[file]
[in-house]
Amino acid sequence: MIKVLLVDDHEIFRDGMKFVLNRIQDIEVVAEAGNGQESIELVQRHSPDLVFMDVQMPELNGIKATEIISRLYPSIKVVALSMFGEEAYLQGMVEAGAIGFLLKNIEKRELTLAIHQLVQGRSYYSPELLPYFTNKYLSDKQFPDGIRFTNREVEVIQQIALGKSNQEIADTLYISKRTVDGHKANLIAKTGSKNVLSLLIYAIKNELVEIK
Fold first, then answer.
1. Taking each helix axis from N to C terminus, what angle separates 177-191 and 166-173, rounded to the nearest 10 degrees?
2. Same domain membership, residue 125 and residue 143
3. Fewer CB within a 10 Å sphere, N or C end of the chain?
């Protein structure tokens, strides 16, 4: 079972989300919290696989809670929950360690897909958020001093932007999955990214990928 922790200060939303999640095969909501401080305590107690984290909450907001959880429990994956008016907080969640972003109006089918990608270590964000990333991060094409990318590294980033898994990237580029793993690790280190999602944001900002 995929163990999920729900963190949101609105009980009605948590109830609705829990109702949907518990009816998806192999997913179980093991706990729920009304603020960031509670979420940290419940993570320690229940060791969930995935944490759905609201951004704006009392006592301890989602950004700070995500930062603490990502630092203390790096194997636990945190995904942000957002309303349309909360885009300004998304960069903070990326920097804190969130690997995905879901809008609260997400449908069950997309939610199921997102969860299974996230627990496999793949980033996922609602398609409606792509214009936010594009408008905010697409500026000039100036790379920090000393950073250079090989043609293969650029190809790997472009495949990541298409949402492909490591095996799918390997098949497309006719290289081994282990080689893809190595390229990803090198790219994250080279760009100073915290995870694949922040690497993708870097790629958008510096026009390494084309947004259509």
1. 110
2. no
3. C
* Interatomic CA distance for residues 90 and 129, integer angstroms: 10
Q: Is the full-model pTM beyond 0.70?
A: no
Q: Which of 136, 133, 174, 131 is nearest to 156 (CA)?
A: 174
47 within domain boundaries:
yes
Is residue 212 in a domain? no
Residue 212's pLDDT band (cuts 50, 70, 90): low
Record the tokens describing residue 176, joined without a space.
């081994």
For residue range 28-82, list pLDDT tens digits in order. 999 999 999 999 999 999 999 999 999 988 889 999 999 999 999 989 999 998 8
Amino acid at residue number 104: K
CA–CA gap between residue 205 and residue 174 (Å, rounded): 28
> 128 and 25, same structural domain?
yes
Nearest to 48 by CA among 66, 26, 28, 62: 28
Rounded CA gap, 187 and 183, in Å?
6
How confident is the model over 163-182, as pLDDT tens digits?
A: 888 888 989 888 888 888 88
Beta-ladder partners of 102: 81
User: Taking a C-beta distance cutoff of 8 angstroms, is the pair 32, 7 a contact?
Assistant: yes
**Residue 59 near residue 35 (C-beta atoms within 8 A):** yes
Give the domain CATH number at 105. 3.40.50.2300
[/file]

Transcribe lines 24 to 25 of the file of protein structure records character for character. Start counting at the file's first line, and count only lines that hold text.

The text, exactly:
CA–CA gap between residue 205 and residue 174 (Å, rounded): 28
> 128 and 25, same structural domain?